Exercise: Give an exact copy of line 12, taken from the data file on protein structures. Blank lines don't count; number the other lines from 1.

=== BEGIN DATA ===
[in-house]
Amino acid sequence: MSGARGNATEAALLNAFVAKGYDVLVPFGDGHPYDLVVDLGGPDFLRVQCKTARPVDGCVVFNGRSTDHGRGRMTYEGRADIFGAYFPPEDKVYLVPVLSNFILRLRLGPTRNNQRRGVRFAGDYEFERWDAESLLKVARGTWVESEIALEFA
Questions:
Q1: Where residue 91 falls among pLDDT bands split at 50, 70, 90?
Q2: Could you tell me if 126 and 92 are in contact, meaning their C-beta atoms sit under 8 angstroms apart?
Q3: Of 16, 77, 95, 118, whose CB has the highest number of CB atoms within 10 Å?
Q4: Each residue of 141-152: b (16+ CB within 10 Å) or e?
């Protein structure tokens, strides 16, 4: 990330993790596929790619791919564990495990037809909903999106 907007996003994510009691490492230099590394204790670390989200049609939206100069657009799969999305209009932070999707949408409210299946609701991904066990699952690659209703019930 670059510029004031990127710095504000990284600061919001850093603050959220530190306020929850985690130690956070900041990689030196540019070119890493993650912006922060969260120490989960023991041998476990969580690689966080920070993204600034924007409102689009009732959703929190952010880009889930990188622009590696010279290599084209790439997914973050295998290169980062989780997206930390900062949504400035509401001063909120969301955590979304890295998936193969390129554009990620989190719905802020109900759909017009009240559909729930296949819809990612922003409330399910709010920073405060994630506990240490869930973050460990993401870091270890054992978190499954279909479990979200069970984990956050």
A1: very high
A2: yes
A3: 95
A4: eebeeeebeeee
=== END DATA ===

A4: eebeeeebeeee